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On 15 April 2007, a Boeing Company 747-438 aircraft, registered VH-OJR, was being operated on a scheduled passenger flight from Singapore to Sydney, NSW. On board the aircraft were 19 crew and 355 passengers. At 1923 Eastern Standard Time, the aircraft was about 100 ft above ground level prior to landing on runway 16 Right (16R) when it encountered a significant and rapid change in wind conditions. The aircraft touched down heavily and the windshear warning sounded in the cockpit. The crew conducted the windshear escape manoeuvre and made a second approach and landing.

The airport was under the influence a line of high-based thunderstorms associated with light, intermittent rain. Investigation revealed that the aircraft was influenced by outflow descending from a high-based storm cell that developed into a microburst. The airport did not have a windshear warning system. Pilots of aircraft operating on the reciprocal runway had previously reported moderate windshear to air traffic control, and the surface wind conditions had changed rapidly. However, that information was not communicated to the occurrence aircraft by air traffic control.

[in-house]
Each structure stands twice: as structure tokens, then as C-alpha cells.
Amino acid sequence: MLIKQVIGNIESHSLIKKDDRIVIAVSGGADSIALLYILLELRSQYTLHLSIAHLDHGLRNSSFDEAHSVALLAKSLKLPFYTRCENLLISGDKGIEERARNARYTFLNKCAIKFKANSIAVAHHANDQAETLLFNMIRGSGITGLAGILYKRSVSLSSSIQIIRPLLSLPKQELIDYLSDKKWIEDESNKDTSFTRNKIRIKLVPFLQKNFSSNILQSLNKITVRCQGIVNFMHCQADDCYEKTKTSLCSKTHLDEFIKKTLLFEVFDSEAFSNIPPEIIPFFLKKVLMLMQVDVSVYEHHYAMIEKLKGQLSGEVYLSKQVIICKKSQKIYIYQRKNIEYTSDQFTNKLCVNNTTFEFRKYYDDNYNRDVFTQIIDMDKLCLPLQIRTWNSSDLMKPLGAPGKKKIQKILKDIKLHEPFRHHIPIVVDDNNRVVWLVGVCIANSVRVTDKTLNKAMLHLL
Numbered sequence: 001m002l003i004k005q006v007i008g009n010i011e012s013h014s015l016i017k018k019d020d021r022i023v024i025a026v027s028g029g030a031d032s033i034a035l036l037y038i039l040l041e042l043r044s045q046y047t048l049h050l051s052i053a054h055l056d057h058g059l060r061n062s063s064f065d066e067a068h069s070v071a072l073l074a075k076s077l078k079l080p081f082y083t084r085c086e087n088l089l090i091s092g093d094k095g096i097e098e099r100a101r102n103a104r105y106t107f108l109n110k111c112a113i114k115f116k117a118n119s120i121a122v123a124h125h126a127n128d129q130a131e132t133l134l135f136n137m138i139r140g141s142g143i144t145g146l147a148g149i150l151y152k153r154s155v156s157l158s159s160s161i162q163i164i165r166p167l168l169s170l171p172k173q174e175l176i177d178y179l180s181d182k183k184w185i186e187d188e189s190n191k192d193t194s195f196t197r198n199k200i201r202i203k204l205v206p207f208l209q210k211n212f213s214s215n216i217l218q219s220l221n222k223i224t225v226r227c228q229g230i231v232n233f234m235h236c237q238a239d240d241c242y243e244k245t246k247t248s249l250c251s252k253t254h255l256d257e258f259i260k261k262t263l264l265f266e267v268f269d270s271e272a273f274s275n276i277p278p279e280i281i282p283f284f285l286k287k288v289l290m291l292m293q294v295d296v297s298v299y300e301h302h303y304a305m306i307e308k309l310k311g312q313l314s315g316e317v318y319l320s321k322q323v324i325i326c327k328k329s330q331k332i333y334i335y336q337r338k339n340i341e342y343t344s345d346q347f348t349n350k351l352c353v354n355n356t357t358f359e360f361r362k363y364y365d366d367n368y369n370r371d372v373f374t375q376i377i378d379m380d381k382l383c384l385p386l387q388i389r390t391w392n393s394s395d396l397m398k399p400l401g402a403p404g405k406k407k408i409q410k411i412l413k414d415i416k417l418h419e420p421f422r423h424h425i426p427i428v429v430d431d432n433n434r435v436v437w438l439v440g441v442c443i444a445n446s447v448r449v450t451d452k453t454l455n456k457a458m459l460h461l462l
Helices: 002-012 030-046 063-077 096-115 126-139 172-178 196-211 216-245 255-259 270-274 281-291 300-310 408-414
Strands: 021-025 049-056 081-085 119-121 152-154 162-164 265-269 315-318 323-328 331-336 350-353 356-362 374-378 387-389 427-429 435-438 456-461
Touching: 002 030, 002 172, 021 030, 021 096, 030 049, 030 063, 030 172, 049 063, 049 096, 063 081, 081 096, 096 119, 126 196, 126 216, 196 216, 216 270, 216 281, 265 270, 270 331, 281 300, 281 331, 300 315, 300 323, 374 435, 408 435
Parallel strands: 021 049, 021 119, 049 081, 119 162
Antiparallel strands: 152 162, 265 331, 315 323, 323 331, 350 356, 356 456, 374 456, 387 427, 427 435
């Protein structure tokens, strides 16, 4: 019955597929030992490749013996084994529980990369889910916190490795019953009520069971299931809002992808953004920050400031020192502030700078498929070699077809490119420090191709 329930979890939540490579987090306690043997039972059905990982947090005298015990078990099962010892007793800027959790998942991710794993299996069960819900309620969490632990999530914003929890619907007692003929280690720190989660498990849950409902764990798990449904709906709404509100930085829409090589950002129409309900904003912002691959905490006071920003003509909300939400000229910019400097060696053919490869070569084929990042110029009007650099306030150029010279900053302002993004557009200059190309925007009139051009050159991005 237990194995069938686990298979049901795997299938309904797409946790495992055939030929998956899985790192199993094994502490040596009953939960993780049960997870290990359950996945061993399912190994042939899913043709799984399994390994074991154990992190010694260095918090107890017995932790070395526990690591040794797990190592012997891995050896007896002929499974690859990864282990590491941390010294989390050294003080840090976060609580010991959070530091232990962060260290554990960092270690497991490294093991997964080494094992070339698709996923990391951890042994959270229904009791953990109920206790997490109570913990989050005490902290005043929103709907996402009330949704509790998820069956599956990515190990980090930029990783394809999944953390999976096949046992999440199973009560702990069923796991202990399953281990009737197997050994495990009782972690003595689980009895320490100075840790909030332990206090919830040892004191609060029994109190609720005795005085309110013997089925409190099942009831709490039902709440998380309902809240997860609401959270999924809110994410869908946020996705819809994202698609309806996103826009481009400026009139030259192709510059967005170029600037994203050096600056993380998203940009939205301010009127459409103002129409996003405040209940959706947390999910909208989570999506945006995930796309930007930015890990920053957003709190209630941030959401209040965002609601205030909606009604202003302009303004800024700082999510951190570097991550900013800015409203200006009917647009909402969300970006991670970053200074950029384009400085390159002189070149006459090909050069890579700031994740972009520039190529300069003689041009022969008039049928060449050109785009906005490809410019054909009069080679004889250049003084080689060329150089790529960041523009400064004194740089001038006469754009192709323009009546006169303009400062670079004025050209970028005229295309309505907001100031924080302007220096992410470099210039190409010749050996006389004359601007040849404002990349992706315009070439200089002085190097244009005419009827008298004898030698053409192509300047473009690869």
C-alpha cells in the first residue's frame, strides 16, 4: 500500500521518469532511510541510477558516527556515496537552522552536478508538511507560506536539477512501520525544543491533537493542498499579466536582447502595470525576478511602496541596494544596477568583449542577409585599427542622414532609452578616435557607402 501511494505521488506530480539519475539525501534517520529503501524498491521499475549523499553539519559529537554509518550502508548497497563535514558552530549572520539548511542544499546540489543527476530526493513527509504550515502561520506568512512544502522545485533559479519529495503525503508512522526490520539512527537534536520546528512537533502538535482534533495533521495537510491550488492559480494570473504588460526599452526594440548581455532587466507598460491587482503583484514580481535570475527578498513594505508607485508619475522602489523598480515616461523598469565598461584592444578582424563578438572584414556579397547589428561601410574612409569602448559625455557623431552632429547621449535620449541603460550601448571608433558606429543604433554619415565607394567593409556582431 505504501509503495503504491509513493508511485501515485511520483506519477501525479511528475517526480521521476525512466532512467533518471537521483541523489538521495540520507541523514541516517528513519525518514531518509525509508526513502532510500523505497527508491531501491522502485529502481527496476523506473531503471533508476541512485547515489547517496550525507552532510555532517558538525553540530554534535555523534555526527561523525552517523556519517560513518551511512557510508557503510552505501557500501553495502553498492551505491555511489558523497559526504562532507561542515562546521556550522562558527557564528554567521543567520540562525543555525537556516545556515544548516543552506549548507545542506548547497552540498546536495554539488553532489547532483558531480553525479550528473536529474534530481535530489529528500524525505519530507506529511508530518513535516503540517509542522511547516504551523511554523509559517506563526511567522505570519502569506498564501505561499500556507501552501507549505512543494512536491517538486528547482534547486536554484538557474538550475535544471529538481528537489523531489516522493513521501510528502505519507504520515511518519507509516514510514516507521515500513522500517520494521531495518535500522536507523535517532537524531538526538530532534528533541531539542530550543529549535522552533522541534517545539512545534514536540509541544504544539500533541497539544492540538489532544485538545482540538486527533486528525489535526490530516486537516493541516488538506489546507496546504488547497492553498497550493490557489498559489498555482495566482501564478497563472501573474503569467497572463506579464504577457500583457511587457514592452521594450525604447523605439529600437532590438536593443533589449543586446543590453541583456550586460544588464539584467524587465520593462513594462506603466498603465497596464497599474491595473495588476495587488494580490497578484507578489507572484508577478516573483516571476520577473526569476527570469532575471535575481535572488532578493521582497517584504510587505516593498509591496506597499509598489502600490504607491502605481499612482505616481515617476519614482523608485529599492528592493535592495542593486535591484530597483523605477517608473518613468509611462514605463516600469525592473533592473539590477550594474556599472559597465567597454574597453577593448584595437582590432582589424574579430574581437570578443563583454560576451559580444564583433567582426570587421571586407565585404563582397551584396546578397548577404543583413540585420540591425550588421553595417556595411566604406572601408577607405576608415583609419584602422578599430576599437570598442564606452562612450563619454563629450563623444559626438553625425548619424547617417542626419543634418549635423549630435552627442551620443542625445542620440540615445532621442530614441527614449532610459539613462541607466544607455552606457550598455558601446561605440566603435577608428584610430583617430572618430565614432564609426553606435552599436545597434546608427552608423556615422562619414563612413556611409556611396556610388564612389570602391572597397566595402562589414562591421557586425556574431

In response to this occurrence, the Bureau of Meteorology commenced a Sydney Airport Wind Shear Study to assess options for providing the aviation industry with low altitude windshear alerts. That study is scheduled for completion in April 2010.

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